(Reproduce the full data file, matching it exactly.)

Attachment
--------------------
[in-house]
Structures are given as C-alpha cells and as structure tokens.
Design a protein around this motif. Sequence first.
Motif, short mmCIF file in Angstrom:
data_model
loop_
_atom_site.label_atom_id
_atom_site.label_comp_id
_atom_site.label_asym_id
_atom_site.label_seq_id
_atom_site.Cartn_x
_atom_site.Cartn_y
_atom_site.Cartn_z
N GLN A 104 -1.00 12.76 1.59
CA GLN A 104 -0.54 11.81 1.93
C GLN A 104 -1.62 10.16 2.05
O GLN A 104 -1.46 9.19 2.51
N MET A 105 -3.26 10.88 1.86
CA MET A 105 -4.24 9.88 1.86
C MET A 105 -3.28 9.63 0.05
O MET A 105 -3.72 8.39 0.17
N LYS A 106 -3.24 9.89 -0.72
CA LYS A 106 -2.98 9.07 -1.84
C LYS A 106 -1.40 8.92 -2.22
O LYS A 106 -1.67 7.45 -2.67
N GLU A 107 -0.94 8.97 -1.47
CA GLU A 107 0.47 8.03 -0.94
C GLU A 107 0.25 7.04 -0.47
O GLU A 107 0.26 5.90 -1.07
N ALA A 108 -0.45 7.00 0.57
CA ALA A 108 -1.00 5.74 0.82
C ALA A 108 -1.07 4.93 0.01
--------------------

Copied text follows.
[in-house]
Structures are given as C-alpha cells and as structure tokens.
Design a protein around this motif. Sequence first.
Motif, short mmCIF file in Angstrom:
data_model
loop_
_atom_site.label_atom_id
_atom_site.label_comp_id
_atom_site.label_asym_id
_atom_site.label_seq_id
_atom_site.Cartn_x
_atom_site.Cartn_y
_atom_site.Cartn_z
N GLN A 104 -1.00 12.76 1.59
CA GLN A 104 -0.54 11.81 1.93
C GLN A 104 -1.62 10.16 2.05
O GLN A 104 -1.46 9.19 2.51
N MET A 105 -3.26 10.88 1.86
CA MET A 105 -4.24 9.88 1.86
C MET A 105 -3.28 9.63 0.05
O MET A 105 -3.72 8.39 0.17
N LYS A 106 -3.24 9.89 -0.72
CA LYS A 106 -2.98 9.07 -1.84
C LYS A 106 -1.40 8.92 -2.22
O LYS A 106 -1.67 7.45 -2.67
N GLU A 107 -0.94 8.97 -1.47
CA GLU A 107 0.47 8.03 -0.94
C GLU A 107 0.25 7.04 -0.47
O GLU A 107 0.26 5.90 -1.07
N ALA A 108 -0.45 7.00 0.57
CA ALA A 108 -1.00 5.74 0.82
C ALA A 108 -1.07 4.93 0.01